June 4, 2019 3.46 pm This story is over 29 months old

Councillor departure reveals grassroots frustration over Brexit debate

Councillor Foulkes accused national politicians of “betraying Brexit”

County council bosses have sympathised with a councillor who quit the Conservative party yesterday over Brexit.

Lincolnshire County Council leader and Grantham and Stamford Conservative Association vice president councillor Martin Hill said the decision by Stamford councillor Robert Foulkes “was not a total surprise”.

Councillor Foulkes will now be independent but has also thrown his support behind the Brexit Party nationally.

“When he joined the Conservative party it was on the basis he was confident Brexit would be delivered by Theresa May,” said Councillor Hill.

“He’s been very frustrated with the lack of progress as many other people have as well.”

However, he expressed disappointment that Councillor Foulkes would not be helping to elect a new party leader or local MP.

In a statement announcing his resignation, councillor Foulkes, who joined the party from UKIP  in 2016, said he had been supporting Nigel Farage’s party since April.

Although he still supported the local Conservative group, he said national politicians had “betrayed Brexit”.

Speaking to Local Democracy Reporter Daniel Jaines he said most of the reaction had been sympathetic to his decision.

“The local Conservatives are not the problem, it’s the parliamentary party. That’s where the problem lies.

“They have failed on the democratic promise they made.

“I’m sure I’m not alone, there are thousands of supporters signed up to the Brexit Party, and thousands voted for the Brexit Party in the elections.”

He said he had been having doubts “since Chequers” adding: “We were all thinking this is terrible we were being betrayed.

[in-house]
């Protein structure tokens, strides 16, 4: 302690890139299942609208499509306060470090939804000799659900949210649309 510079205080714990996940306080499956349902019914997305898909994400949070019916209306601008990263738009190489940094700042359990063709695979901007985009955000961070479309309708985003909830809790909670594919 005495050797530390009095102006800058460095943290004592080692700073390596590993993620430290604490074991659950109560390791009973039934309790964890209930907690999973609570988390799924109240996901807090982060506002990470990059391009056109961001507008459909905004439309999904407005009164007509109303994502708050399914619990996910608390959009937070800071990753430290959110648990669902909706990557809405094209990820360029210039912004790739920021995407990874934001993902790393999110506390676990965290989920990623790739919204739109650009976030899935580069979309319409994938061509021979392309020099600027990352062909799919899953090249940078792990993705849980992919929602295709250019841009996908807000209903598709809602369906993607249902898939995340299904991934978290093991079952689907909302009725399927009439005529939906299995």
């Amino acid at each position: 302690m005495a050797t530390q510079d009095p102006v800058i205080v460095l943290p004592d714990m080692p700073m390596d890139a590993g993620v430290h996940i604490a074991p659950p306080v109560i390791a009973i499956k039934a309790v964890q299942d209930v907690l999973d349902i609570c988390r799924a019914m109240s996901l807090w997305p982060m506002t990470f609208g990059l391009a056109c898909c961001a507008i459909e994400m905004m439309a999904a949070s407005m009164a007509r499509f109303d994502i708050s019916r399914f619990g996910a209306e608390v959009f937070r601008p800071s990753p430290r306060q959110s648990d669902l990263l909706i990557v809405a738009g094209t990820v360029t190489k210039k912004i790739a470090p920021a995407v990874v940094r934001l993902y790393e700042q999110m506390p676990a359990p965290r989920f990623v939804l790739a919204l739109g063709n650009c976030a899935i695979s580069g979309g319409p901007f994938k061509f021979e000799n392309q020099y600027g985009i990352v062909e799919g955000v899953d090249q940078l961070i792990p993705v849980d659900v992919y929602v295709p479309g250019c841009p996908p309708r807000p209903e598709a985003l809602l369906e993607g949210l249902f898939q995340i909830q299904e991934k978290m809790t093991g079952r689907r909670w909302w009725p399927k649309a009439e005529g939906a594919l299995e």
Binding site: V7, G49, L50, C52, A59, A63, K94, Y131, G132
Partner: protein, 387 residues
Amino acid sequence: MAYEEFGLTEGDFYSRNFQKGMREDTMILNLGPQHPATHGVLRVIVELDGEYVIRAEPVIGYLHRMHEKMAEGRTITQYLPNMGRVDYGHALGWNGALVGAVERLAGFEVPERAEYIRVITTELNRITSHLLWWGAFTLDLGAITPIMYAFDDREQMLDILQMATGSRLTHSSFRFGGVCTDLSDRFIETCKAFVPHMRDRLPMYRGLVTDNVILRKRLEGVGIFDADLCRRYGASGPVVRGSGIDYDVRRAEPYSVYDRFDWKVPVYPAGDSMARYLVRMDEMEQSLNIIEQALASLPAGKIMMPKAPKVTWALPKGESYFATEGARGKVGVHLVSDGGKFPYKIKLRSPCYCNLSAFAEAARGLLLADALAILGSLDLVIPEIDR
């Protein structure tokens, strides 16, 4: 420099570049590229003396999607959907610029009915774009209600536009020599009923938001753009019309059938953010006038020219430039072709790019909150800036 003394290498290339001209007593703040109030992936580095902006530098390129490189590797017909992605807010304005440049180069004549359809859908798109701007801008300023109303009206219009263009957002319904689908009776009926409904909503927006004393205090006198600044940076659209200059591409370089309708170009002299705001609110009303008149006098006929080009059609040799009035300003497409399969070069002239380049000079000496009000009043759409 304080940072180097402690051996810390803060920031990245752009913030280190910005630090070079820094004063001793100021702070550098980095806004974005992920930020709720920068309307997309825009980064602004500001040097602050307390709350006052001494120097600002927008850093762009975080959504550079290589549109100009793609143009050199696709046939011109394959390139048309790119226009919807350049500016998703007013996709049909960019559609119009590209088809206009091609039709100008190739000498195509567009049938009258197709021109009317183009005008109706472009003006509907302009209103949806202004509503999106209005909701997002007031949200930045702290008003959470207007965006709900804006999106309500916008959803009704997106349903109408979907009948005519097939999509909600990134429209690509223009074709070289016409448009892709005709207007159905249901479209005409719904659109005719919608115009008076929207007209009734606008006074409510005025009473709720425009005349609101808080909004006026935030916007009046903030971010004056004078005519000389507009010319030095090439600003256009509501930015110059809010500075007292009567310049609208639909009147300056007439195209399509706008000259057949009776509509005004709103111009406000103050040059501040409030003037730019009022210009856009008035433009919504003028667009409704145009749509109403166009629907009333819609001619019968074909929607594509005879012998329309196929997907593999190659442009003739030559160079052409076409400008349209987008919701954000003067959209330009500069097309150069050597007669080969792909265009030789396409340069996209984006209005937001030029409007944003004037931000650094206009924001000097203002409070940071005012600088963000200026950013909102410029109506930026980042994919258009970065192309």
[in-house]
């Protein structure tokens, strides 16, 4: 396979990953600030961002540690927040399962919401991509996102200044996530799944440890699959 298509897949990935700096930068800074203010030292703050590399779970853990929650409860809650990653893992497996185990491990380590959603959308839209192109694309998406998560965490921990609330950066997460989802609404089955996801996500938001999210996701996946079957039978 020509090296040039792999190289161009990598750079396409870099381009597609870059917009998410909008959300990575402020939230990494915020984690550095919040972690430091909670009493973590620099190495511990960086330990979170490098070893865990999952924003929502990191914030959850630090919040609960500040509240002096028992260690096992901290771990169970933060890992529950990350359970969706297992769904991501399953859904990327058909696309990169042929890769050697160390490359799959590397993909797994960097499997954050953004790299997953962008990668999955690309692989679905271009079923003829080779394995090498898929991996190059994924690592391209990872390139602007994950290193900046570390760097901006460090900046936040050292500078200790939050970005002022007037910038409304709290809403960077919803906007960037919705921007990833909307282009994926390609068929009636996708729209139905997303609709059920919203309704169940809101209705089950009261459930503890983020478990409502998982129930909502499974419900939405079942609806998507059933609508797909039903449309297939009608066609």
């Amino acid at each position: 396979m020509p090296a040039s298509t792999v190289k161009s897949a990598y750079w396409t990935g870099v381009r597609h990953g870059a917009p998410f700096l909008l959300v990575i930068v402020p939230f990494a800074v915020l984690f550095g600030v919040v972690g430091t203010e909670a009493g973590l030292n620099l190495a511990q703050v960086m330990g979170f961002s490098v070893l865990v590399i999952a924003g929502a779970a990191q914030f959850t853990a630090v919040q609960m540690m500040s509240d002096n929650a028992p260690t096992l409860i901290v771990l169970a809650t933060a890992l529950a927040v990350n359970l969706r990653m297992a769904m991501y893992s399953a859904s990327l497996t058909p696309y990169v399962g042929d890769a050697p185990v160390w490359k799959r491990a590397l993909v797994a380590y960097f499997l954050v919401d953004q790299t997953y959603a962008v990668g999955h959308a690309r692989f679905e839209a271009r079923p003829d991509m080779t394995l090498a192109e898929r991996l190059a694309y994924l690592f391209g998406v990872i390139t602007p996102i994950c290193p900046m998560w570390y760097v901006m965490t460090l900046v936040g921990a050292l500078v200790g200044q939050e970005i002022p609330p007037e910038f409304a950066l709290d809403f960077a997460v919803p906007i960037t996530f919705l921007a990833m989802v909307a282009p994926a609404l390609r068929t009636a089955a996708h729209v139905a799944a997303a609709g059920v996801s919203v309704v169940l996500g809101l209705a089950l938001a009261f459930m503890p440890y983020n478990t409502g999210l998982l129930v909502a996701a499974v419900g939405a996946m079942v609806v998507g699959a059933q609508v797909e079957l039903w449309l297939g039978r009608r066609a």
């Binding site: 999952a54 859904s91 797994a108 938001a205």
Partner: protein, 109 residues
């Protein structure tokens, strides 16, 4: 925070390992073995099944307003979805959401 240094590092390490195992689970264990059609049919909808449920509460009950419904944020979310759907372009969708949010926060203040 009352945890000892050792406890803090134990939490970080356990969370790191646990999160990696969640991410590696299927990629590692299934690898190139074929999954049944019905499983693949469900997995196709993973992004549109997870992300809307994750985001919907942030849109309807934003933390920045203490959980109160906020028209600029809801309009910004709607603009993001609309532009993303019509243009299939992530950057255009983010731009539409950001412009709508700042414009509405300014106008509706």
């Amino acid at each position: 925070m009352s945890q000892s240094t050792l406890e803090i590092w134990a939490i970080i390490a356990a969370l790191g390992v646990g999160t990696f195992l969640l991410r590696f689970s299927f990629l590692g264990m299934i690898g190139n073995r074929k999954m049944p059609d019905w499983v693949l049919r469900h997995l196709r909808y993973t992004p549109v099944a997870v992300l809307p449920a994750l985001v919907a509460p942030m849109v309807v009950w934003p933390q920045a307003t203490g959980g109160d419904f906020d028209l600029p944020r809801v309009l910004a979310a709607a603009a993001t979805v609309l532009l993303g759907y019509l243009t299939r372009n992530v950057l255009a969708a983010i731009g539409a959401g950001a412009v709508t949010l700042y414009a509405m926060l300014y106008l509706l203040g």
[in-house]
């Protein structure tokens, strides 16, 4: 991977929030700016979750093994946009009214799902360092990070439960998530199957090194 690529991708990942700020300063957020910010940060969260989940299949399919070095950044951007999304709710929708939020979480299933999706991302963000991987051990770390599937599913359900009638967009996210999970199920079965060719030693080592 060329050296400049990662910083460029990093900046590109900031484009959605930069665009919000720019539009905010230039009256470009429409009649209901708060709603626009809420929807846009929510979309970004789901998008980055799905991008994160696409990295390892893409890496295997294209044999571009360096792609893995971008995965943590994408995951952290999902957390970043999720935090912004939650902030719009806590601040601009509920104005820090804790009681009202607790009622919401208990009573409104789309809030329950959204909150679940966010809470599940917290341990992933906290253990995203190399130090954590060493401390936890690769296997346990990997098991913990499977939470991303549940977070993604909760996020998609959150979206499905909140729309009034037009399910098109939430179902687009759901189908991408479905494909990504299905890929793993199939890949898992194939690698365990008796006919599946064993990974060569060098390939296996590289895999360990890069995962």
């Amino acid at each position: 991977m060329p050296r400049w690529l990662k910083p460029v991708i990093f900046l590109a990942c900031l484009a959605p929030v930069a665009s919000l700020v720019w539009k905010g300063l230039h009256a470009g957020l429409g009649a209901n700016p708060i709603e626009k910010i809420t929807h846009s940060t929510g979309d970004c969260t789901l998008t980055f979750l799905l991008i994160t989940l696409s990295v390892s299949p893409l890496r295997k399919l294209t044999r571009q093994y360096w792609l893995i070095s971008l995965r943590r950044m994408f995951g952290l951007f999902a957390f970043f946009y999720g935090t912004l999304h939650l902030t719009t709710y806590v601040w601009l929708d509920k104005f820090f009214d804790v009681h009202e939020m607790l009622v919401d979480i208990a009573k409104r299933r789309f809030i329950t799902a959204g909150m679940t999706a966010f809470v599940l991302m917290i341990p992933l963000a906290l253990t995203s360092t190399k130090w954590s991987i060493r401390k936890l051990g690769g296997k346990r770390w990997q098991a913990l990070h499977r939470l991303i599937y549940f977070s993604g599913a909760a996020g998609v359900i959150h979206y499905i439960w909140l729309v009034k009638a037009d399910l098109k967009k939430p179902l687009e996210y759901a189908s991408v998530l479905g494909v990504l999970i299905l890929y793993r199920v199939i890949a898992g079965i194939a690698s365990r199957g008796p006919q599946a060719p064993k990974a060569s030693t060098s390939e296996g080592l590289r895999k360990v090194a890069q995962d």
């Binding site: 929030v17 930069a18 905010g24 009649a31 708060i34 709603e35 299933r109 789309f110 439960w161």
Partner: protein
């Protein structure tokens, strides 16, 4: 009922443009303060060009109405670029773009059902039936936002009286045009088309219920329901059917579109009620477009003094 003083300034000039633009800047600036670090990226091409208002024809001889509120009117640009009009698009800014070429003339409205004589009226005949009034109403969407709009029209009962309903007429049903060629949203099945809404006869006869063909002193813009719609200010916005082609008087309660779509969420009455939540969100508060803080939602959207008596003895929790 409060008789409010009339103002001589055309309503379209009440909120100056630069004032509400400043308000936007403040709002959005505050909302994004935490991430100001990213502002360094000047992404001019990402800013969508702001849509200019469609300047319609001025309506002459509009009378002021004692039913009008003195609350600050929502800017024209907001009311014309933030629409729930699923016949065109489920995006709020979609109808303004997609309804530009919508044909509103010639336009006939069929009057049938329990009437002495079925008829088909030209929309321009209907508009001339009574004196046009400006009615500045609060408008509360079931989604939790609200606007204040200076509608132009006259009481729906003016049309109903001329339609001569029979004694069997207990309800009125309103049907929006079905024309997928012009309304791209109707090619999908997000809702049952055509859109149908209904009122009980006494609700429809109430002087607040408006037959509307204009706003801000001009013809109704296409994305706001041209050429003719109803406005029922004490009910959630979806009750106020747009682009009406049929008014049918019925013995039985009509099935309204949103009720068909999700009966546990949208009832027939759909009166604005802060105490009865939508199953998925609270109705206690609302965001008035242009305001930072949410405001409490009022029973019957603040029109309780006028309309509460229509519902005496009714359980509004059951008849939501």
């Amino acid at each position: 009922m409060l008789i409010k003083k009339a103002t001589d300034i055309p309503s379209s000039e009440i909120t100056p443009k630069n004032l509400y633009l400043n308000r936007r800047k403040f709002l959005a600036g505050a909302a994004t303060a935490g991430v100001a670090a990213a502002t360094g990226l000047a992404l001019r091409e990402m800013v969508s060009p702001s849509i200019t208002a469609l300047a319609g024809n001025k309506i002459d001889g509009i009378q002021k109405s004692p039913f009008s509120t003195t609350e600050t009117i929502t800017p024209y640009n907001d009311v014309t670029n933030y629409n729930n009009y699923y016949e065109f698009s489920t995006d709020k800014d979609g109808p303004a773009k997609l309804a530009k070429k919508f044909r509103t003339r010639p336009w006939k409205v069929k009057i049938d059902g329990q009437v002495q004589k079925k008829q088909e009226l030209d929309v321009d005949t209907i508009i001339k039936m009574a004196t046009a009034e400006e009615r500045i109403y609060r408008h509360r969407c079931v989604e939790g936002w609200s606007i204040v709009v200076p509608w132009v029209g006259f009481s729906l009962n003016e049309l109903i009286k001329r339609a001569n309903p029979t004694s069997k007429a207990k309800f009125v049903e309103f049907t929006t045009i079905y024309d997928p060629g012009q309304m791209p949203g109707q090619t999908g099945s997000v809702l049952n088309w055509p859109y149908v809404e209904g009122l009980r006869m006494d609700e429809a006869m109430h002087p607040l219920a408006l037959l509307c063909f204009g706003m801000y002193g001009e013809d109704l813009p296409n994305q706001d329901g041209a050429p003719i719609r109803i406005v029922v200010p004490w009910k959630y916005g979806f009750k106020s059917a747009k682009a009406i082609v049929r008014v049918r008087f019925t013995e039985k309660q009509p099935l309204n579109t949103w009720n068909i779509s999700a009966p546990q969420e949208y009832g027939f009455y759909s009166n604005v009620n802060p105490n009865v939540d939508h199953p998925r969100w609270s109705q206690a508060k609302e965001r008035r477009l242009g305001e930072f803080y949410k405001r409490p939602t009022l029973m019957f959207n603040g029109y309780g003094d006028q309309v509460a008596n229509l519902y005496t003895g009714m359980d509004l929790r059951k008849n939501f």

“It’s not grassroots, the hierarchy are institutionally remain, that’s the problem – the Conservative party are split.”

Addressing concerns over the fact he had changed party twice now, he said: “To me, a local party is a means to an end – a vehicle to achieve change. UKIP were there to achieve the EU referendum.

“Conservatives made all the right noises, you can see that at county council elections.

“That’s fine, but if the vehicle swerves off-course you need to say this isn’t working.

“If it’s not achieving it anymore it’s common sense to say I’m not staying.”

Councillor Foulkes said he felt he could not be involved with selecting Tory candidates – adding he felt like a “double agent in all this.”

Fellow councillor Colin Davie warned both parties in Westminster that they needed to deliver their manifesto on Brexit.

“They both stood on manifestos saying they would take us out of the EU, no customs union or any of that nonsense, and they have both reneged on that,” he said.

Neither councillors Hill and Davie could say whether any further resignations were in the pipeline, but both said local members would be watching the Tory leadership contest closely.

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